Study reveals possibility of new drug therapy
A targeted treatment for people with Crohn’s disease could soon be available, according to new research.
Crohn’s is an inflammatory bowel disease which can affect any part of the gut, from the mouth to the anus.
Patients are typically treated with powerful anti-inflammatory medications that act throughout the body, not just in the digestive tract, creating the potential for unintended, and often serious, side-effects.
Writing in the April 2021 edition of the journal Nature, Sundrud et al said they found that certain immune cells in the small intestine have evolved a molecular sensing mechanism to protect themselves from the toxic effects of high bile acid concentrations in the small intestine.
This sensory mechanism can be manipulated with small drug-like molecules, and the treatment had reduced small bowel inflammation in mice.
“It seems that these immune cells, called T effector cells, have learned how to protect themselves from bile acids,” said lead researcher Mark Sundrud – Associate Professor, Department of Immunology and Microbiology, at Scripps Research in Florida.
“These T cells utilise an entire network of genes to interact safely with bile acids in the small intestine,” he added.
“This pathway may malfunction in at least some individuals with Crohn’s disease.”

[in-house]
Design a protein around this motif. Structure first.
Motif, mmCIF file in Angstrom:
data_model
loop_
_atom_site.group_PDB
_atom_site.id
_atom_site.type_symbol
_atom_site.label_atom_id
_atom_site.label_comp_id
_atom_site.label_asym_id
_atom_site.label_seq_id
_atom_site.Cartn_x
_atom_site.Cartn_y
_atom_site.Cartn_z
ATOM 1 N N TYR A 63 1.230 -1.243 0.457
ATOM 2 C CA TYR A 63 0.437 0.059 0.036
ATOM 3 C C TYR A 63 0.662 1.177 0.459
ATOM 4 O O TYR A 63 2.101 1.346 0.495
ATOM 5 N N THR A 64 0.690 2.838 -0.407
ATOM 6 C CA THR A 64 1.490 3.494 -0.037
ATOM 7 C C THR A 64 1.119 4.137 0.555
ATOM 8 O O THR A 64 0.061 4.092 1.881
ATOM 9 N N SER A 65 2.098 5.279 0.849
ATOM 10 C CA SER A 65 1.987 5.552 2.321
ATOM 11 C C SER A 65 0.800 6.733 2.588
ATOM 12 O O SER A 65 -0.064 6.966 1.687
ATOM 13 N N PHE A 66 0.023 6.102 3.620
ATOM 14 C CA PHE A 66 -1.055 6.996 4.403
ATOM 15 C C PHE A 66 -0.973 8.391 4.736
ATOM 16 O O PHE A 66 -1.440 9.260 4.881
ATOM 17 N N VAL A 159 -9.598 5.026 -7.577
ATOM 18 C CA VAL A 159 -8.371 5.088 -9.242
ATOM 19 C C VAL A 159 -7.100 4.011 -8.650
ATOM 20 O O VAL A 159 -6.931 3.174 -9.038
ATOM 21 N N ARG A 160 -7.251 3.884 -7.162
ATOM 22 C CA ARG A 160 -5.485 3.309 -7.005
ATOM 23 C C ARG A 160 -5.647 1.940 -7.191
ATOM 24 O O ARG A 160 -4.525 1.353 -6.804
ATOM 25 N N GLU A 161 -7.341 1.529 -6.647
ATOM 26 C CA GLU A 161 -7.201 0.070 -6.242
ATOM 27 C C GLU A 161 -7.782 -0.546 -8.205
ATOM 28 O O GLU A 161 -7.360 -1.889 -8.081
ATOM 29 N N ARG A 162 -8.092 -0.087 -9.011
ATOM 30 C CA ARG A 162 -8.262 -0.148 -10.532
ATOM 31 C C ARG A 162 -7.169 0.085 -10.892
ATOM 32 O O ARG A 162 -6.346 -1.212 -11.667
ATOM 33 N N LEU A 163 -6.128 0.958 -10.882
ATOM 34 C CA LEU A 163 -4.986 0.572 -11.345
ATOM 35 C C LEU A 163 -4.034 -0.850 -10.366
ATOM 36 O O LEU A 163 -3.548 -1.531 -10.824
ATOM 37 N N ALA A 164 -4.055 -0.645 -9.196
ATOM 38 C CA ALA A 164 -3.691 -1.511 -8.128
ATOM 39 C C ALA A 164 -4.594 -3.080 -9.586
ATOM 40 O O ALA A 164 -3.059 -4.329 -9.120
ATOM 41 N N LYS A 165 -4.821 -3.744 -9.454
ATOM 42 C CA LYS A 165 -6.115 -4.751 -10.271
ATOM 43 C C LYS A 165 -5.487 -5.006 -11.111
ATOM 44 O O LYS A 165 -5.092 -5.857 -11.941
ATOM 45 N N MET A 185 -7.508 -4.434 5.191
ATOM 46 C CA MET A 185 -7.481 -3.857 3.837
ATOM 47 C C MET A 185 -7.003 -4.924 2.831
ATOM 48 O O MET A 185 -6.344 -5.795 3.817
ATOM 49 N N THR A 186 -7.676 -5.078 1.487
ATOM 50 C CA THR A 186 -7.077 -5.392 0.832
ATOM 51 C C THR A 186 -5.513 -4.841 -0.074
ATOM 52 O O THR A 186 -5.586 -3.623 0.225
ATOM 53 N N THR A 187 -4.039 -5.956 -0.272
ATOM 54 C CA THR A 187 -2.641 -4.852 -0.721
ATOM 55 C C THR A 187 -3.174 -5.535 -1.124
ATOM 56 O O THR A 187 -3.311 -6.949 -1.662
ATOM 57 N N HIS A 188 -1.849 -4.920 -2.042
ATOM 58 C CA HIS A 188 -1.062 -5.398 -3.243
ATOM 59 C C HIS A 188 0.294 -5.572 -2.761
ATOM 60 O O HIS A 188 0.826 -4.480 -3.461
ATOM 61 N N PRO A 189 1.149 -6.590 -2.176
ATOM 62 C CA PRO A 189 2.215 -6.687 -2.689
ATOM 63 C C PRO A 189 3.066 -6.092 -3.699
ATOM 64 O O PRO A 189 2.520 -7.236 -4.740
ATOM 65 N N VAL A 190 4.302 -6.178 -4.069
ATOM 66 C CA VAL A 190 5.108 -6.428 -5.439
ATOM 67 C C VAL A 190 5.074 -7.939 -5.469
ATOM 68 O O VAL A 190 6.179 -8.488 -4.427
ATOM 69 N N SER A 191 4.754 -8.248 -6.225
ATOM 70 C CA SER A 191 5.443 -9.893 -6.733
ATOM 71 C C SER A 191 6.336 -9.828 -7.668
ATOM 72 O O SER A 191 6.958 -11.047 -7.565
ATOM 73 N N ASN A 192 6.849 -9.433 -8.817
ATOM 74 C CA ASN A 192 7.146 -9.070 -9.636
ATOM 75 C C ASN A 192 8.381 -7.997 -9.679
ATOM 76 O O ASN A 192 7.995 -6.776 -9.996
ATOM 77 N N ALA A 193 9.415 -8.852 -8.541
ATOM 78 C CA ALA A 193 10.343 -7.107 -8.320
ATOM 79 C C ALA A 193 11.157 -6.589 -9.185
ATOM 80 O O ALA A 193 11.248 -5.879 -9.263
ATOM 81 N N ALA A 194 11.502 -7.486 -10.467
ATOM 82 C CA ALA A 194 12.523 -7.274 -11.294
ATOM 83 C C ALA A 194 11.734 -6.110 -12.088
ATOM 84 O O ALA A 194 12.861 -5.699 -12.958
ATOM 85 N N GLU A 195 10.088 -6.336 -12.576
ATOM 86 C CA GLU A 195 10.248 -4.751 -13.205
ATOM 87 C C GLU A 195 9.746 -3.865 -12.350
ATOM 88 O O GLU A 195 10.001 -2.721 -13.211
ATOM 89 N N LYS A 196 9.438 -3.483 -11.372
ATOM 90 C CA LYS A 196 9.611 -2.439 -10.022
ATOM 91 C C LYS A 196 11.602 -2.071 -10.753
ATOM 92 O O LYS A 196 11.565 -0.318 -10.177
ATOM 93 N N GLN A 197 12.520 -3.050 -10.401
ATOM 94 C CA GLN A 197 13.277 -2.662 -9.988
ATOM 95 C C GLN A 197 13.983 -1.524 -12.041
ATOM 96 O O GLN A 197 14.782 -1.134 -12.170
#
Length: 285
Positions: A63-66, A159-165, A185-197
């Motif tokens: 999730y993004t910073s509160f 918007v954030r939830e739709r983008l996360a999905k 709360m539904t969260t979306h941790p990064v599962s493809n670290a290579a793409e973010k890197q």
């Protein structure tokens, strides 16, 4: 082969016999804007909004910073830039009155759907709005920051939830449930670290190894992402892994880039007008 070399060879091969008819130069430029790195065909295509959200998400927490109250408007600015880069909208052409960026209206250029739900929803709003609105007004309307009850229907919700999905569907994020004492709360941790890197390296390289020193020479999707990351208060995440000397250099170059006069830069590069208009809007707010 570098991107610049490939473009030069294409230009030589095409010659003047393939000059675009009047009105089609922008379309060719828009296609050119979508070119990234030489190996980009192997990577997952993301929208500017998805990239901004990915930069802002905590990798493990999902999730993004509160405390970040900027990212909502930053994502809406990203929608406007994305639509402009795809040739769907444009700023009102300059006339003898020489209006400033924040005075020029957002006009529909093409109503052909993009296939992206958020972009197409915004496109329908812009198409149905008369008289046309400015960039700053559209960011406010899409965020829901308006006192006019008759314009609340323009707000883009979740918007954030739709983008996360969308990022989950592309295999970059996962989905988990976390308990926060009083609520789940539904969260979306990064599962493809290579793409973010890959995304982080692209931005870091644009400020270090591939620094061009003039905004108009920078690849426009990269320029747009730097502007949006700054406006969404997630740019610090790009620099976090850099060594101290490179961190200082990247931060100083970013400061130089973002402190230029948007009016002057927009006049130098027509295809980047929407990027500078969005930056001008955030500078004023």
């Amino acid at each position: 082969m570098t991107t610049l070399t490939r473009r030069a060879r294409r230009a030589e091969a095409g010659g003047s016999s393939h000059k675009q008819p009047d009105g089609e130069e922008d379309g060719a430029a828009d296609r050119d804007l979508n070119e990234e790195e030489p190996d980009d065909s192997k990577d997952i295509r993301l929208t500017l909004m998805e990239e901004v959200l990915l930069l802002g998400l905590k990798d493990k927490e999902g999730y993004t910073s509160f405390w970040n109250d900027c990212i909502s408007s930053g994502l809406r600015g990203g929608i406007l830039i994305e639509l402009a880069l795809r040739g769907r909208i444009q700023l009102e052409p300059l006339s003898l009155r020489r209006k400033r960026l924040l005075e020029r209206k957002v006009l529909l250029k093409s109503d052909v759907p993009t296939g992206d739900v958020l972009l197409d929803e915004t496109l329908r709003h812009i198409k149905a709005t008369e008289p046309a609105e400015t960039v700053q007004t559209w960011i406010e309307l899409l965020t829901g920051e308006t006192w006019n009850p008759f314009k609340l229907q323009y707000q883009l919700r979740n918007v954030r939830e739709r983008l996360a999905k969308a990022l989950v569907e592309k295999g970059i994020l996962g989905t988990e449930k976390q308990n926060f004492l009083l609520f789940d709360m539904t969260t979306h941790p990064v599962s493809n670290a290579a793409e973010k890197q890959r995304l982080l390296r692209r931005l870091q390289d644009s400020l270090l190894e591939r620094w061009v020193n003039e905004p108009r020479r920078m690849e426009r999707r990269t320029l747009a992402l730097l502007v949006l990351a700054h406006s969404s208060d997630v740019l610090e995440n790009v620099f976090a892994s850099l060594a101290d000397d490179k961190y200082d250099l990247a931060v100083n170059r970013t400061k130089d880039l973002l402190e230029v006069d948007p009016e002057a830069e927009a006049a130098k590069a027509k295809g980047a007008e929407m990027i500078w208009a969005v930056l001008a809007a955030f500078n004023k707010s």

Sundrud et al previously reported that a gene called MDR1, also known as ABCB1, is activated when an important subset of immune cells that circulate in blood, called CD4+ T cells, make their way into the small intestine.
There, MDR1 acts in transitory T cells to suppress bile acid toxicity and small bowel inflammation.
In the new study, Sundrud’s team uses an advanced genetic screening approach to uncover how T cells sense and respond to bile acids in the small intestine to increase MDR1 activity.
“The basic discovery that T cells dedicate so much of their time and energy to preventing bile acid-driven stress and inflammation highlights completely new concepts in how we think about and treat Crohn’s disease,” Sundrud said.
“It’s like we’ve been digging in the wrong spot for treasure, and this work gives us a new map showing where X marks the spot.”
The T cells contain a receptor molecule in their nucleus known as the constitutive androstane receptor (CAR).
Acting in the small intestine, CAR promotes expression of MDR1, and also plays a role in activating an essential anti-inflammatory gene, IL-10, researchers noted.
“When we treated mice with drug-like small molecules that activate CAR, the result was localised detoxification of bile acids and reduction of inflammation,” Sundrud explained.
Sundrud said that exploring the therapeutic potential of CAR activation required caution and creativity, because CAR was also critical for breaking down and eliminating other substances in the liver, including many medicines.
“Ultimately, the Crohn’s disease therapy that emerges from this work could be something that activates CAR locally in small intestinal T cells, or something that targets another gene that is similarly responsible for promoting the safe communication between small intestinal T cells and bile acids,” he added.